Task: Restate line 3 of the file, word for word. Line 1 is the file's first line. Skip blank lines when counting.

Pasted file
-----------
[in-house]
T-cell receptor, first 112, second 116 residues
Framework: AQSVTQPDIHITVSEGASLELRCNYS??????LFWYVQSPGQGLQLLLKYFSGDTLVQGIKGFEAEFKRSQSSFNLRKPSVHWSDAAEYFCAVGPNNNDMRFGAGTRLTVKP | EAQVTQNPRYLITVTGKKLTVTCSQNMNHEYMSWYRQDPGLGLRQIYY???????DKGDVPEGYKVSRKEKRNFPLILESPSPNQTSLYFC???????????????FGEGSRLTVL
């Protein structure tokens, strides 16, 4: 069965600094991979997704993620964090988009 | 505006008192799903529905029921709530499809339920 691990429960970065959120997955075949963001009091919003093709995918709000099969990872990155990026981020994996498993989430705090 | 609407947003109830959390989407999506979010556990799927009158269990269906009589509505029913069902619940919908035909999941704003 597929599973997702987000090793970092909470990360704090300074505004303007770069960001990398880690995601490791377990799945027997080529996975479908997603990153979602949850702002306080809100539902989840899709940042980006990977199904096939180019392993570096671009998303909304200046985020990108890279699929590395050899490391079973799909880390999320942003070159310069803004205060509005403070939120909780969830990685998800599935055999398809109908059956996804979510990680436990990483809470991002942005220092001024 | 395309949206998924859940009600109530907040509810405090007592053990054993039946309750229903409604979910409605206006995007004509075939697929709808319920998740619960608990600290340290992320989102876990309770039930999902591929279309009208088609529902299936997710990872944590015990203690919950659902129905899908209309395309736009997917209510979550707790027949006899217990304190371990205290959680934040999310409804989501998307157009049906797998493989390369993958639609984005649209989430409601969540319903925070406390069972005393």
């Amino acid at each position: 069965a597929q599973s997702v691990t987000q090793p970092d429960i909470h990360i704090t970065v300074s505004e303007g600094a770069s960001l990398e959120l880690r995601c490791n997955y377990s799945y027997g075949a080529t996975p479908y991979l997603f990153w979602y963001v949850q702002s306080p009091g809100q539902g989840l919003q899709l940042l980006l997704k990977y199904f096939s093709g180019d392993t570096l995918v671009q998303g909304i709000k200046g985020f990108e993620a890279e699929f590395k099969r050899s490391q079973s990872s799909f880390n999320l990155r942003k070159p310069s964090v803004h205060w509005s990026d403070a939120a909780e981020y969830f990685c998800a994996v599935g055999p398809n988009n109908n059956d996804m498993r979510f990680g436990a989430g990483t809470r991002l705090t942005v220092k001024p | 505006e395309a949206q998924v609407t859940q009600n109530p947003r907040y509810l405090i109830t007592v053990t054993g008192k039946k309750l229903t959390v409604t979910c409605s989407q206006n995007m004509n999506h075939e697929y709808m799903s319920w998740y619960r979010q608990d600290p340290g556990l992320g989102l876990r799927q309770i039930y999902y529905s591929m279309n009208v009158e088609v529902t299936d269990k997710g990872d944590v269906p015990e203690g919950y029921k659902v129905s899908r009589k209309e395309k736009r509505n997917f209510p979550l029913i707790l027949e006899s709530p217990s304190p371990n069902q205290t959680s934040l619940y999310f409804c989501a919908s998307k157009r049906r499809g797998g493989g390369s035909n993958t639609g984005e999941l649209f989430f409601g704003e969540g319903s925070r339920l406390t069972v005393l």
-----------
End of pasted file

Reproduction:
Framework: AQSVTQPDIHITVSEGASLELRCNYS??????LFWYVQSPGQGLQLLLKYFSGDTLVQGIKGFEAEFKRSQSSFNLRKPSVHWSDAAEYFCAVGPNNNDMRFGAGTRLTVKP | EAQVTQNPRYLITVTGKKLTVTCSQNMNHEYMSWYRQDPGLGLRQIYY???????DKGDVPEGYKVSRKEKRNFPLILESPSPNQTSLYFC???????????????FGEGSRLTVL